Sydney sausage queen’s recipe for small business success

Chrissy Flanagan runs Sydney’s The Sausage Factory.
Chrissy Flanagan runs Sydney’s The Sausage Factory.

By day, she’s a NSW Government advisor.

But in her spare time she’s Sydney’s sausage queen – driving a retail revolution that’s attempting to change the way people think about the good old fashioned Australian ‘snag’.

Chrissy Flanagan is the brains, heart and soul behind Chrissy’s Cuts – a gourmet sausage company based in Sydney’s inner west that has its origins in 2015 and has since gone from strength to strength on the strength of its offering: sausages that are made 100% from meat, with none of the other additives or ‘unknowns’ that sometimes find their way into sausages.

So how does a full-time corporate worker wind up opening a sausage retail store (Dulwich’s The Sausage Factory) and production space, and what lessons did she learn along the way?

Flanagan shares some tips for other small business owners who might be considering taking the plunge.


Choosing the right location wasn’t just about finding foot traffic when Flanagan was seeking out a premises for Chrissy’s Cuts and The Sausage Factory.

It was about trying to identify an area that wasn’t yet established as a major ‘foodie’ destination, but had the potential to be in future years.

For Flanagan, it’s a decision that’s been nothing short of a winner.

“Dulwich Hill is an area in a bit of a transition, so that was a little bit of a gamble in itself,” she recalls.

“You could move to somewhere with an established food reputation like Newtown, but I had identified Dulwich Hill as being a place that was thirsty for more places and had a demographic that was looking for increasingly high end dining and drinking options. That decision has paid off in spades and is increasingly paying off as the demographic shifts.”


The reality for many small businesses is that if they want to expand quickly, they often need to seek external funding.

But for Flanagan, knowing exactly what she wanted her business to be ensured she was was able to fund it herself and retain full control.

She says she’s achieved that by continuing to work full-time through the business’ early years, which has removed the financial pressure of requiring the shop to generate big profits immediately.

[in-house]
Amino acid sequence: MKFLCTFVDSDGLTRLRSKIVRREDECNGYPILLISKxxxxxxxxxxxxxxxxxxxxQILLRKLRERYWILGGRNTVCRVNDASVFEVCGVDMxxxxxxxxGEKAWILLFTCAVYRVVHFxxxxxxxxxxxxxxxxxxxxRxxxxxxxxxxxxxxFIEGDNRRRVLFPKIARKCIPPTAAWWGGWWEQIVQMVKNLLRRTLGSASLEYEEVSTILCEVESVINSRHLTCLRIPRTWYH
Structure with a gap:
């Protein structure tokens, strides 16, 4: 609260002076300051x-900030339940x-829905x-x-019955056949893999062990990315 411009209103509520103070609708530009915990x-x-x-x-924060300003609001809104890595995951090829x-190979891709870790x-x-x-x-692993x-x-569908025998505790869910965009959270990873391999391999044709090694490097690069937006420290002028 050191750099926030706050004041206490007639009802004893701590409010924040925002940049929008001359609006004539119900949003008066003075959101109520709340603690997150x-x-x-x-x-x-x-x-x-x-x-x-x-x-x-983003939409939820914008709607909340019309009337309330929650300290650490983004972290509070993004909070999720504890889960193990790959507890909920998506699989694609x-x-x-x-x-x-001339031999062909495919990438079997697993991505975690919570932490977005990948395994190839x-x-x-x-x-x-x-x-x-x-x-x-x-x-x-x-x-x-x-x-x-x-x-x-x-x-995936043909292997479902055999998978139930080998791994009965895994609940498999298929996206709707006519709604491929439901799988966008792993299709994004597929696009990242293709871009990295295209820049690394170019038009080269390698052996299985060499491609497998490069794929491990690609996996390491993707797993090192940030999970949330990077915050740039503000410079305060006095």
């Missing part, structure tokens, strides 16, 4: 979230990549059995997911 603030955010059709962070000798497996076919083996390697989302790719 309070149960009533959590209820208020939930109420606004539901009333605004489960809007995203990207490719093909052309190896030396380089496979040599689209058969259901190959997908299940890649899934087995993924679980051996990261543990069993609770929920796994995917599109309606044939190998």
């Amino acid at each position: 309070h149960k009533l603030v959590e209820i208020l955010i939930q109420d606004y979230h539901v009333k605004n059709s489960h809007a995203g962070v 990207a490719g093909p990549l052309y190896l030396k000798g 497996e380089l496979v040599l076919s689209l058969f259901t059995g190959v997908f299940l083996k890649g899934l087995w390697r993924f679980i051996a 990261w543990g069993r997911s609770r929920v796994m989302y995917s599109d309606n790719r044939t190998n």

“By being my own funding source, I don’t have to compromise on the product or vision,” she says.

“I think that the model of having a day job and a business that you work on the rest of the time is an emerging model because Sydney is very, very expensive. Very few people are in a position to go, ‘Oh God, I’ve got an awesome business idea. I’m just going to quit my job and work on it’.”

“It’s like a real safety net. You have a better chance at success because one bad decision doesn’t kill you – you’ve got a buffer.”

Inside The Sausage Factory at Dulwich in Sydney’s western suburbs.


One of the greatest challenges Flanagan faced was establishing a reputation in the sausage market itself, which has long-established roots and particular ways of doing things.

“I think coming from outside can be very difficult to break into an entrenched industry. And the meat industry is singularly insular. People are really born into meat industry. So when I started calling around to wholesalers, people were literally asking me who my husband or father was,” she says.

“Some meat suppliers just flat out refused to sell me a bulk pork shoulder because they were like, “No, pork shoulder should not be in sausages. It’s wrong’.”

“I was like, please take my money.”

Instead she took a different approach, targeting a small section of the market that was seeking a higher quality sausage, and also cultivating a following among people who traditionally avoided sausages.


Flanagan says the mistake many small business owners make is not putting the time into market research before they launch their big idea.

“There’s just no limit to how much market testing you can and should do,” she says.

“Don’t make assumptions about what you believe is important, and don’t do something just because you wanted to have a business doing that particular thing. It should only be because you’ve actually established that there’s a gap in the market for it.”

The Sausage Factory churns out around 4000 sausages every week.


Is there something that differentiates you from your competitors?

Flanagan says that without a point of difference, small businesses stand little chance.

“People who have normal-ish jobs come to me and say, for example, ‘I want to have a jam business’. One guy said he liked making jam and wanted to turn it into a business. I was like, yeah, but what is your angle?”

“There are already a lot of jam businesses. And if it’s just that you like making jam and your friends like your jam, you’re really going to need to think that through pretty thoroughly because you have to displace someone else in order to be successful. It’s going to be hard to grow the jam-buying pie.”


Flanagan believes that for start-up small businesses to be successful, it has to mean everything to you.

“If you can be happy NOT doing it, then don’t do it because it does turn your entire life upside down. Everyone that you care about has to be extremely understanding, or it’s a big problem. You’re everyone’s worst friend and family member,” she says.

“If you’re not absolutely obsessed by it, then you’re not going to succeed. And, if you don’t succeed then that’s just a very painful memory. There are only two ways through small business, which is success or failure. It’s actually just as simple as that. And if you’re not going to give it absolutely everything, then it’s probably not going to work out.”